Improve Content - Become an Author or Editor and get free access to the entire database, free eBooks, as well as free CME/CE as it becomes available. If interested, please click on "Sign Up" to register.

Purchase- Want immediate access to questions, answers, and teaching points? They can be purchased above at Apps and eBooks.


Sign Up
What is the most desirable profile to aid the organizational developer in the action phase of change management?



Click Your Answer Below


Would you like to access teaching points and more information on this topic?

Improve Content - Become an Author or Editor and get free access to the entire database, free eBooks, as well as free CME/CE as it becomes available. If interested, please click on "Sign Up" to register.

Purchase- Want immediate access to questions, answers, and teaching points? They can be purchased above at Apps and eBooks.


Sign Up
Which of the following describes the role of Nursing Professional Development educators at the "organizational, community, state, national, and international levels," according to the American Nurses Association?



Click Your Answer Below


Would you like to access teaching points and more information on this topic?

Improve Content - Become an Author or Editor and get free access to the entire database, free eBooks, as well as free CME/CE as it becomes available. If interested, please click on "Sign Up" to register.

Purchase- Want immediate access to questions, answers, and teaching points? They can be purchased above at Apps and eBooks.


Sign Up
Which of the following best describes the role of a change agent?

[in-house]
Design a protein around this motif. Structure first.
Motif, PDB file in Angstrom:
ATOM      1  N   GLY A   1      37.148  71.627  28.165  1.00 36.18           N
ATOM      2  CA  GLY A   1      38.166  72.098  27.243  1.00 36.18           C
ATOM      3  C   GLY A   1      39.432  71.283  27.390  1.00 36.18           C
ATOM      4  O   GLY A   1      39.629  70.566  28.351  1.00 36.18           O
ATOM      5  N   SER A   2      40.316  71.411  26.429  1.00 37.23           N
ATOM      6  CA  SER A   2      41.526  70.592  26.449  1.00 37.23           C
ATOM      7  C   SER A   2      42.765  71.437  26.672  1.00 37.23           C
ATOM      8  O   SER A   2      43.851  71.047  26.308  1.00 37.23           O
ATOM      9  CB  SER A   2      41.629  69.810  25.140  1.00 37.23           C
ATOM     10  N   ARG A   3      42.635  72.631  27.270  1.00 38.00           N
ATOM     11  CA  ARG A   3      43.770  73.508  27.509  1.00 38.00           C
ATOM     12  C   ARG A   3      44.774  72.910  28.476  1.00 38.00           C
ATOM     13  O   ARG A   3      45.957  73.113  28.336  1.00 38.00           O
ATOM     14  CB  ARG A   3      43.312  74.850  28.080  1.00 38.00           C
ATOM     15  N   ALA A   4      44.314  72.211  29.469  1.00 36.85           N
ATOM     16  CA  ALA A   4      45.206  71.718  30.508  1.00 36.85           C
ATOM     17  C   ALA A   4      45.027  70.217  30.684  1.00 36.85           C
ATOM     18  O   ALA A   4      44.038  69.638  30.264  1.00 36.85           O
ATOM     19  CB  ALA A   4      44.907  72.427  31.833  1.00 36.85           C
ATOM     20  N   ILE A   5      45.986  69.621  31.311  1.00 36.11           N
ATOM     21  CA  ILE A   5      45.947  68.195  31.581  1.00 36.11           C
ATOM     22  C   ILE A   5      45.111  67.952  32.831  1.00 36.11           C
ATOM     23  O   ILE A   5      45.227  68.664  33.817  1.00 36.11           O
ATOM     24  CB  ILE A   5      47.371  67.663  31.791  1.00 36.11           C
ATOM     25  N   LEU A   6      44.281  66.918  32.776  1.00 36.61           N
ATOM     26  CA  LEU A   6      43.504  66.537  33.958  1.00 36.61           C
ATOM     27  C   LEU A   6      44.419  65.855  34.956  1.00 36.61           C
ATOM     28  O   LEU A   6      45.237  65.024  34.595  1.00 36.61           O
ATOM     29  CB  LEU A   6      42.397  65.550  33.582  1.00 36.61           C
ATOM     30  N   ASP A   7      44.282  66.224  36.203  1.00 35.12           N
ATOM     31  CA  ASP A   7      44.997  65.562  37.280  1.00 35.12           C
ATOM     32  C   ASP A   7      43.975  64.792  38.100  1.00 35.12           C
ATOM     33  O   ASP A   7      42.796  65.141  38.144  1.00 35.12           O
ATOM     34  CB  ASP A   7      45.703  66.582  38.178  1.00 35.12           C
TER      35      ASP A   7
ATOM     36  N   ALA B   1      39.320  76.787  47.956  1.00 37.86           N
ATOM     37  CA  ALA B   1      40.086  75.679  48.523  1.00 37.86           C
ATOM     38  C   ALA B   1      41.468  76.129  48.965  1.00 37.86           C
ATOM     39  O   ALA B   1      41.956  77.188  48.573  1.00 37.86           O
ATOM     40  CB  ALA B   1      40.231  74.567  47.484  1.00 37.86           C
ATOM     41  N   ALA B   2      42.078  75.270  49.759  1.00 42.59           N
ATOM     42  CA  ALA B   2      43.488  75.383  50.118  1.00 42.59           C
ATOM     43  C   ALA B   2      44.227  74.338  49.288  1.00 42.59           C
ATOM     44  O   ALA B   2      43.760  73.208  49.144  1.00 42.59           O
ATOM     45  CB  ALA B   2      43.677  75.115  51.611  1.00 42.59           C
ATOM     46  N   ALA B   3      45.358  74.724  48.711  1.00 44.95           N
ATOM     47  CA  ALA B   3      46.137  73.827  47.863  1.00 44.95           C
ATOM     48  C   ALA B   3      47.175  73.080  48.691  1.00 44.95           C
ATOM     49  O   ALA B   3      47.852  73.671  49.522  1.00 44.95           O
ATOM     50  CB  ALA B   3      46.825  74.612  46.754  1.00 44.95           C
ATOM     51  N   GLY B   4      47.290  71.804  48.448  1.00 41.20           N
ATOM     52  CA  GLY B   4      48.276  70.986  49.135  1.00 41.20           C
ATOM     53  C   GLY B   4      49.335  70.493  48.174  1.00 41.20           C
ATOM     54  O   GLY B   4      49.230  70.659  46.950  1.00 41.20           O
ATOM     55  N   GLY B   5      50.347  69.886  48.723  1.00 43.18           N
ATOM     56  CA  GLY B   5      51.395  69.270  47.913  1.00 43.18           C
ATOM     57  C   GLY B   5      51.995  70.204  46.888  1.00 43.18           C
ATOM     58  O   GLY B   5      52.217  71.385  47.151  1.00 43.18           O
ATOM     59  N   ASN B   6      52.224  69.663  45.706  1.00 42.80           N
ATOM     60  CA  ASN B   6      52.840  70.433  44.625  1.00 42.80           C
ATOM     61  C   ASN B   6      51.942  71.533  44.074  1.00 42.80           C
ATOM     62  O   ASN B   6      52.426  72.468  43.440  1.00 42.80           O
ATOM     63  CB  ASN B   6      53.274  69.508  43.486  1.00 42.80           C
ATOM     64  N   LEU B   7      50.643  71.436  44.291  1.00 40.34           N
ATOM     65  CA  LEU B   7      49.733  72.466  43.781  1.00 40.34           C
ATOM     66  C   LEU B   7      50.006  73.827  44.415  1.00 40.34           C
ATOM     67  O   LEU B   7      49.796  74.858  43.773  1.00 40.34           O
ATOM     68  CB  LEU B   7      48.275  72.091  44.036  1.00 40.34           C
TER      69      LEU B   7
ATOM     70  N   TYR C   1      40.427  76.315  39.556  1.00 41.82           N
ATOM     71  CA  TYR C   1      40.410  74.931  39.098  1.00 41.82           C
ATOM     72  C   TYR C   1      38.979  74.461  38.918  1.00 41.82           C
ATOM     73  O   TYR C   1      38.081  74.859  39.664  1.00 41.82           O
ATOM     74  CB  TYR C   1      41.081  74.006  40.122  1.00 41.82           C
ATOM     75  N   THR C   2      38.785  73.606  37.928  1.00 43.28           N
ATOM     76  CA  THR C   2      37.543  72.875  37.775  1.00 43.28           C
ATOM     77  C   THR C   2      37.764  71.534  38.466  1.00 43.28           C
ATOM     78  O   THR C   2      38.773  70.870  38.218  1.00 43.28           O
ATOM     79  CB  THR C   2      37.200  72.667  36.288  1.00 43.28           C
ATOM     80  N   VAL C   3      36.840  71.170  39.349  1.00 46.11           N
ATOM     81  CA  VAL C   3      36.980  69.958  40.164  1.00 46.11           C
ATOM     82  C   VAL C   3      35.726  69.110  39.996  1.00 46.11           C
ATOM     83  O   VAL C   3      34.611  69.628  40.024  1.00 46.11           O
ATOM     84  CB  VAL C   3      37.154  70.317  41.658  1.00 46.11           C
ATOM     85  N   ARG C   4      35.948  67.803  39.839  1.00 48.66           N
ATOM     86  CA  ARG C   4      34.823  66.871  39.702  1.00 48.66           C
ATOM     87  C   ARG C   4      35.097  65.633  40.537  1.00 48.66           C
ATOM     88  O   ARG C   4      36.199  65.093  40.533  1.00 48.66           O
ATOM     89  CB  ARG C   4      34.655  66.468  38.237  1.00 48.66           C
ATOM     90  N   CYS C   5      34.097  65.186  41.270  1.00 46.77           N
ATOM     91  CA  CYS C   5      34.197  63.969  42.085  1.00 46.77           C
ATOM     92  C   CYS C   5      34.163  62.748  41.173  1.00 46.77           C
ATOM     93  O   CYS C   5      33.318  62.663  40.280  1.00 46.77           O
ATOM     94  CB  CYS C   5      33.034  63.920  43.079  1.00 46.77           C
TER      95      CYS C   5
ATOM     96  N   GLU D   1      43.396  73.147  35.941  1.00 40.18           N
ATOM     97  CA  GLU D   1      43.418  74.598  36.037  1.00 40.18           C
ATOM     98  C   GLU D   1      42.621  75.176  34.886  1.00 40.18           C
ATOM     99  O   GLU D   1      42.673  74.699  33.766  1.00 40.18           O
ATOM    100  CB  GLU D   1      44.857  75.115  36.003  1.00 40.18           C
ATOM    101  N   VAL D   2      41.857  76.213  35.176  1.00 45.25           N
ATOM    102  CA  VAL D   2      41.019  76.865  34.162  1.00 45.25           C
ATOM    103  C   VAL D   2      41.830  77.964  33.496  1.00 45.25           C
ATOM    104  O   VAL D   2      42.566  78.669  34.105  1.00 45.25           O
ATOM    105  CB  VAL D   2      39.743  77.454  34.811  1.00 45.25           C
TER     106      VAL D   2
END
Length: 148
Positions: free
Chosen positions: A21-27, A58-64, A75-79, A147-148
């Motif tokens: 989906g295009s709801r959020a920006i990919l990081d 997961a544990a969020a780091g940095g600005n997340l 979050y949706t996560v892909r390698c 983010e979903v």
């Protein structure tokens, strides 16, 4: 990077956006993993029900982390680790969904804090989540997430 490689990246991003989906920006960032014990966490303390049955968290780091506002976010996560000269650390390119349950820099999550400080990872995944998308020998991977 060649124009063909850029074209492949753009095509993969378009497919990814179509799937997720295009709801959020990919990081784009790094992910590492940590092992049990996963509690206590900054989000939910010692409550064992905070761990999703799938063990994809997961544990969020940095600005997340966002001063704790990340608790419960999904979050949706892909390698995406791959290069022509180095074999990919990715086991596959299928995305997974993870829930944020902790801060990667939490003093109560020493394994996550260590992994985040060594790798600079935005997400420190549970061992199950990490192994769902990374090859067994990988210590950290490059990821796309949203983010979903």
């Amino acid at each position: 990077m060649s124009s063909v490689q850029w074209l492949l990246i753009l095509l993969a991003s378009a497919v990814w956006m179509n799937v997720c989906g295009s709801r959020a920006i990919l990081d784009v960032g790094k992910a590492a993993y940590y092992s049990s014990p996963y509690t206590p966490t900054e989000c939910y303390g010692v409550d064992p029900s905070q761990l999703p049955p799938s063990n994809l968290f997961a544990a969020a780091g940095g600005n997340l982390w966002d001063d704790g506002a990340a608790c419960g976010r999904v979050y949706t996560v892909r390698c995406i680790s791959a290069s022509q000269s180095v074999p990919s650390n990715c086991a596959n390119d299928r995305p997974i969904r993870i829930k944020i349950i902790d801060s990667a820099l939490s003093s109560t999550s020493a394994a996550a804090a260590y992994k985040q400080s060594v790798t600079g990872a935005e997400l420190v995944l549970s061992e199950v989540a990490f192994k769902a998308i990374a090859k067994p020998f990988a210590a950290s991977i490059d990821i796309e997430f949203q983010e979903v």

Click Your Answer Below


Would you like to access teaching points and more information on this topic?

Improve Content - Become an Author or Editor and get free access to the entire database, free eBooks, as well as free CME/CE as it becomes available. If interested, please click on "Sign Up" to register.

Purchase- Want immediate access to questions, answers, and teaching points? They can be purchased above at Apps and eBooks.


Sign Up
Which of the following is least characteristic of a change agent?



Click Your Answer Below


Would you like to access teaching points and more information on this topic?

Improve Content - Become an Author or Editor and get free access to the entire database, free eBooks, as well as free CME/CE as it becomes available. If interested, please click on "Sign Up" to register.

Purchase- Want immediate access to questions, answers, and teaching points? They can be purchased above at Apps and eBooks.


Sign Up
During which phase of Lewin's Theory of Planned Change would a change manager establish a new status quo within the organization?



Click Your Answer Below


Would you like to access teaching points and more information on this topic?

Improve Content - Become an Author or Editor and get free access to the entire database, free eBooks, as well as free CME/CE as it becomes available. If interested, please click on "Sign Up" to register.

Purchase- Want immediate access to questions, answers, and teaching points? They can be purchased above at Apps and eBooks.


Sign Up
A change manager is using a force field analysis to analyze barriers and facilitators of change in his organization. The manager notices that there are more strong barriers to change than there are facilitators of change. Which action would be most likely to lead to effective, sustained change in this organization?



Click Your Answer Below


Would you like to access teaching points and more information on this topic?

Improve Content - Become an Author or Editor and get free access to the entire database, free eBooks, as well as free CME/CE as it becomes available. If interested, please click on "Sign Up" to register.